Let me begin by telling you guys that Sachin: A Billion Dreams is not a feature film. It’s a well executed documentary on the cricketing legend Sachin Tendulkar who is an inspirational figure for a lot of Indians. Me being a cricket fan and also being someone who was lucky to have seen the legend play while I was growing up, this movie was in fact a trip down the memory lane revisiting all those moments of Sachinism. Director James Erskine’s Sachin: A Billion Dreams continuously gives you Goosebumps.
Unlike my other reviews I won’t have to say much here about the plot. This James Erskine movie/ documentary is taking a look at the major events in the life of Sachin Tendulkar in the chronological order. We get to see the fictionalized childhood moments and then the film goes in to all those footages that stitch the rise of the cricketing legend through all the ups and downs.
Like I already said, for those who are in the around 30 age group, Sachin: A Billion Dreams will be an extremely emotional experience. When the movie started to look at the life of Sachin Tendulkar through all those real life footages and TV footages along with the ads of those days, I was sort of imagining how my life used to be at those times. It takes you back to those days where TV was the only way to know the scores and how excited we were all seeing that little man. By merging events that happened outside the cricketing world in to the narrative, Erskine manages to give an idea about the impact of this one person on an entire country that tackled with various issues.
The movie might not have looked very closely in to certain controversies, especially the shocking match fixing episode. But it clearly hasn’t tried to skip any of those bad phases in Tendulkar’s life. The narrative goes hard at Coach Chappell. What are really impressive about this documentary are those personal family footages. It clearly shows us how cool and simple Sachin was as a family man. It looks at the vulnerable sides of the legend. You get to see a part of Gary Kirsten’s post semi final speech in the 2011 world cup, how the team behaved inside the dressing room, the fact that Sachin didn’t allow Sehwag to move from his chair during India’s chase in the 2011 world cup. All these bits make us feel like an insider.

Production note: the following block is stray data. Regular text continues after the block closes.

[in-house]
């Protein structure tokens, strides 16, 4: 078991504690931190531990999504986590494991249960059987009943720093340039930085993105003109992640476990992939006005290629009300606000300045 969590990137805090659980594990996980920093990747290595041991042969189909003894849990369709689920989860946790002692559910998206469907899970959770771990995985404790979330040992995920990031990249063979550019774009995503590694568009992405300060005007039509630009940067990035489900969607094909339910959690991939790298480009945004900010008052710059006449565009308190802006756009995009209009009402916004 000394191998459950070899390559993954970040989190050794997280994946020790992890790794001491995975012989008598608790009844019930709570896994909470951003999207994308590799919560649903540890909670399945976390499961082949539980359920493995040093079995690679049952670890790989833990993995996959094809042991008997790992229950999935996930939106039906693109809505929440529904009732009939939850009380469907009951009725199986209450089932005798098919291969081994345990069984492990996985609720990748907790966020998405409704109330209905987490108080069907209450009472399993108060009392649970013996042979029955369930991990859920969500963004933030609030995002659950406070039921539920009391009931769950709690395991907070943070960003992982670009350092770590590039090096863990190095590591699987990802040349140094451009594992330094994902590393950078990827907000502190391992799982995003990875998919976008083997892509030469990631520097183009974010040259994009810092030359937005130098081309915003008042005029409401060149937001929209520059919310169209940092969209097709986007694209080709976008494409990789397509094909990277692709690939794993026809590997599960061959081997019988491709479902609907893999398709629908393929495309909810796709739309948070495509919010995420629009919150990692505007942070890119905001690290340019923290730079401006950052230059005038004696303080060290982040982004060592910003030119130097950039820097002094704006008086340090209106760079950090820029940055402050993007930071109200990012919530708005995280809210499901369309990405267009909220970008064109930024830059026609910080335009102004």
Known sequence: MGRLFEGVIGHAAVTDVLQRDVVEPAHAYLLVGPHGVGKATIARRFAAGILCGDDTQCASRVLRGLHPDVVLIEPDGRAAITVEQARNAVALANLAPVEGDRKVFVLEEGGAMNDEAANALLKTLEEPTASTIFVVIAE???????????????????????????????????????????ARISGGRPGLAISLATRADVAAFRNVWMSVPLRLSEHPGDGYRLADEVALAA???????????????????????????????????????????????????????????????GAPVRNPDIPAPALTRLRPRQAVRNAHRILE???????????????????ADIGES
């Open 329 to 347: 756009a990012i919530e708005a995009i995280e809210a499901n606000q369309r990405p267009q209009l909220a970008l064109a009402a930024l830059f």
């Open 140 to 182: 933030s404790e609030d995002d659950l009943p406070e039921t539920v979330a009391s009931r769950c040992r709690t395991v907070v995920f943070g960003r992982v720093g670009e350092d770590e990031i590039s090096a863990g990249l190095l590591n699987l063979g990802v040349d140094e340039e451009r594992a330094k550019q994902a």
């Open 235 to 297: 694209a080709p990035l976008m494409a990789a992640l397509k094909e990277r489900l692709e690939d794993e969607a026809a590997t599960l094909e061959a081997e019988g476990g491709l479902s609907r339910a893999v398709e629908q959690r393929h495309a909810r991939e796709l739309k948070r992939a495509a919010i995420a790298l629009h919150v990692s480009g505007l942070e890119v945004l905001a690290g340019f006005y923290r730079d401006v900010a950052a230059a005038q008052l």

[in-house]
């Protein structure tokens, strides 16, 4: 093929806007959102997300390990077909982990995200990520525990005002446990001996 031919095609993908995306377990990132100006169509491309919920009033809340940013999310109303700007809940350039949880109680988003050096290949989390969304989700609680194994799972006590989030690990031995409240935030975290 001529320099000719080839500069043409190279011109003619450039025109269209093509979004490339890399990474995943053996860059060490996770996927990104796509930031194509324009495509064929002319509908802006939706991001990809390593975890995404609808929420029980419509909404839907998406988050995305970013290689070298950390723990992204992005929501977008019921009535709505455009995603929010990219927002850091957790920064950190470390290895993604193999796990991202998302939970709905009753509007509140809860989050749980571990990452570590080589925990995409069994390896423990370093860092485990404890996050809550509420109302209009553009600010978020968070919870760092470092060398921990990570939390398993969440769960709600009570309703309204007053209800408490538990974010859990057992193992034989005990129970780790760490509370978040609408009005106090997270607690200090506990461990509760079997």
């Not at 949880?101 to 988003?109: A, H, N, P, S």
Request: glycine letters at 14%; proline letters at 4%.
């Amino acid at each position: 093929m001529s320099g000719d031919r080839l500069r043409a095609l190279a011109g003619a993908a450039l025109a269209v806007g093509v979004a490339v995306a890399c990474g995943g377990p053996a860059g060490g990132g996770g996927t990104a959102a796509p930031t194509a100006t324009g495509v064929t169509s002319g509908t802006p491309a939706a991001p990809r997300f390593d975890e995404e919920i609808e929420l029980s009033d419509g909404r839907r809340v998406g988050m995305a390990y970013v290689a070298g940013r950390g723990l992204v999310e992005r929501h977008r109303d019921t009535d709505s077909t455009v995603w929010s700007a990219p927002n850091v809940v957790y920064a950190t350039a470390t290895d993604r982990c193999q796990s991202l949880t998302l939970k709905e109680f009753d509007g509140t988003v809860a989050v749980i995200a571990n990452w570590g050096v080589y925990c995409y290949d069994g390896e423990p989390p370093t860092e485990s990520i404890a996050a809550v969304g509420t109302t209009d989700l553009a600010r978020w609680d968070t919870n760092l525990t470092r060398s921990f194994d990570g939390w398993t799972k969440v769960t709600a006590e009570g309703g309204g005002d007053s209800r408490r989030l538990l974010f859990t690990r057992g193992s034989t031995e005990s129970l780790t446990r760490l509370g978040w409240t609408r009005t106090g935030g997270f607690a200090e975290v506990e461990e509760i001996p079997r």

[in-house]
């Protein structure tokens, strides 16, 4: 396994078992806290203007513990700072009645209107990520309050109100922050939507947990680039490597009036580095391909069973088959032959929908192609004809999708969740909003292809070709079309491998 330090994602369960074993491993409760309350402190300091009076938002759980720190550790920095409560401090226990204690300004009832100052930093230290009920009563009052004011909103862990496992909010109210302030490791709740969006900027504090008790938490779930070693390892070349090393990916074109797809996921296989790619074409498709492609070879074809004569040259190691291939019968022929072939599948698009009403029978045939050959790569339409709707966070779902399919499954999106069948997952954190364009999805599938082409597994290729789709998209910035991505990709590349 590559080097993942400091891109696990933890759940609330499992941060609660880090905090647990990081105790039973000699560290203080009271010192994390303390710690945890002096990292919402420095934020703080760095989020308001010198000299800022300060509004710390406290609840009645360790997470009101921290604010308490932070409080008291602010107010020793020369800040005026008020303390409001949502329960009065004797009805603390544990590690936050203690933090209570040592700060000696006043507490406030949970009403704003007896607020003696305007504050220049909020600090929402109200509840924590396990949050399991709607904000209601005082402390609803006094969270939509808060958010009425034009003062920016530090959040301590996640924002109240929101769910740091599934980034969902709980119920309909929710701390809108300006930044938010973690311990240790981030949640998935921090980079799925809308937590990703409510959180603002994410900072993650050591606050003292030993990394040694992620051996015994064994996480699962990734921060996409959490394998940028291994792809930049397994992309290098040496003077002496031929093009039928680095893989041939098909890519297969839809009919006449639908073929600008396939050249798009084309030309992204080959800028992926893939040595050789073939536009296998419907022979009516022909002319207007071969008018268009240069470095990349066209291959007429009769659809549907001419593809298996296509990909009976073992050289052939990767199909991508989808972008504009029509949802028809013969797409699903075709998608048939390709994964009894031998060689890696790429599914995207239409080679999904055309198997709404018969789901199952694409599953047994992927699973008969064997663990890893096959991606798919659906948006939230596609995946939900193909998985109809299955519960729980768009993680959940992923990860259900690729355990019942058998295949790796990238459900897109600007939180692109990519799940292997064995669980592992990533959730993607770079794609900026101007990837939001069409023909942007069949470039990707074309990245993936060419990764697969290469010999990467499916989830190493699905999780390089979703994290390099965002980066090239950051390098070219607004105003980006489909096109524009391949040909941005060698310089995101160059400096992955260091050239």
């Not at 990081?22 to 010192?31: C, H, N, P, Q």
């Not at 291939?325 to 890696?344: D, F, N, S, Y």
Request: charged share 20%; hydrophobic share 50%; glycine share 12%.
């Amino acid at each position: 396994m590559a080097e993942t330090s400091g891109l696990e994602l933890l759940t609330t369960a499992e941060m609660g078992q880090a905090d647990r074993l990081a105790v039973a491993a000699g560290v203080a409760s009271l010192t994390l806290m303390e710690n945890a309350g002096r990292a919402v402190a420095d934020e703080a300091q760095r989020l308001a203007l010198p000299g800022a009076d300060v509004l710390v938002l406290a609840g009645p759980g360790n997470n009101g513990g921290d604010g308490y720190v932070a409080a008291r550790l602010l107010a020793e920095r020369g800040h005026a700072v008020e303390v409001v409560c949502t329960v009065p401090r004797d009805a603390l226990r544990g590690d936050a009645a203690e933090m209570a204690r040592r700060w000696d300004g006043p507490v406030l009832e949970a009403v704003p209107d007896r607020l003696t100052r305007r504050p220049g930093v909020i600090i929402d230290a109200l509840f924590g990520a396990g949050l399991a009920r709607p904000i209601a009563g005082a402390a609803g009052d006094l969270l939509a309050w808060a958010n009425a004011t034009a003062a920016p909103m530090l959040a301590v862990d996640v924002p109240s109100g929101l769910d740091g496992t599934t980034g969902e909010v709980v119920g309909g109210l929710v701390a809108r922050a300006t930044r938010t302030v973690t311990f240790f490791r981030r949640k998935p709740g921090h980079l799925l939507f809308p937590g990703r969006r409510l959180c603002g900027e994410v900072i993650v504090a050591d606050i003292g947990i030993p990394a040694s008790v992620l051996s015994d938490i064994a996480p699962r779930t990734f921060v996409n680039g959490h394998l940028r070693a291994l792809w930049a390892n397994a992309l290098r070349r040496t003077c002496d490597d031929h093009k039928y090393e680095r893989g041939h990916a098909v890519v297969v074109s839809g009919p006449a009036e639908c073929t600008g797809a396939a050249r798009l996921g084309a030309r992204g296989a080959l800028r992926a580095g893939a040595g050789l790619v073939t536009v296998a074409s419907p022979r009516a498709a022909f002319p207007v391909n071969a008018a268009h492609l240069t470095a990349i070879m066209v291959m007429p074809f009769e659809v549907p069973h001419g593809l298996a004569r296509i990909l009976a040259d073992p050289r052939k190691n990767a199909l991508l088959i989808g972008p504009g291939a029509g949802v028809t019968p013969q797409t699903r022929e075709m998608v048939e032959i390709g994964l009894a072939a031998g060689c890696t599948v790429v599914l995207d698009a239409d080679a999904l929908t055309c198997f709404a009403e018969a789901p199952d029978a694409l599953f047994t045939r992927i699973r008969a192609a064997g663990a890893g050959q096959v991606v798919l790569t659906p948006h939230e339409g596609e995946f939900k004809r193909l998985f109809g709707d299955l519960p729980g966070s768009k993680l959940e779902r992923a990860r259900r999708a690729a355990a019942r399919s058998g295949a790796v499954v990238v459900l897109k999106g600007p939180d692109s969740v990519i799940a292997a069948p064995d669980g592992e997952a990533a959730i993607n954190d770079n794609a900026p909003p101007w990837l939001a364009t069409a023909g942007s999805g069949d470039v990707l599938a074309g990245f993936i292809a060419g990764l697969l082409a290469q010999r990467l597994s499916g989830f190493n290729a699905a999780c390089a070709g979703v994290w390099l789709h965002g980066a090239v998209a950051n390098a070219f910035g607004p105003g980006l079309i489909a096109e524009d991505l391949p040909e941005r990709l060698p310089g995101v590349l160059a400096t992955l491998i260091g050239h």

For those of us who have grown up watching the cricketing legend’s career a lot of memorable moments and equations are there. Wasim Akram talks humorously about his first impression of SRT. Shane Warn talks about his equation with the legend. A lot of cricketers appear on the screen to talk about their personal experiences. We get to relive the joy of seeing the famous Sharjah Cup, Natwest series, the famous Kolkata test and ultimately leading to the 2011 world cup. Even the dark phases like his flawed captaincy, match fixing controversy, tennis elbow days and the disastrous 2007 world cup gets mentioned.
James Erskine has blended all those familiar facts and personal moments very effectively. The actors who performed in the recreated childhood episode were pretty effective. The writing impressively covers the ups and downs maintaining the positivity. A R Rahman’s music was terrific and Goosebumps reached a whole new level when the famous “Vande Mataram” was played during one point.
The fact that they decided to release Sachin: A Billion dreams in such a huge way even after being a documentary testifies the fact that how much we love Sachin Tendulkar. With a lot of moments that gives you Goosebumps and high dosage of nostalgia, you won’t feel disappointed.
Rating: 4/5 (I repeat, It’s a documentary)
With a lot of moments that gives you Goosebumps and high dosage of nostalgia, you won’t feel disappointed.
Green: Recommended Film
Orange: Okay, Watchable, Experimental Films
Red: Not Recommended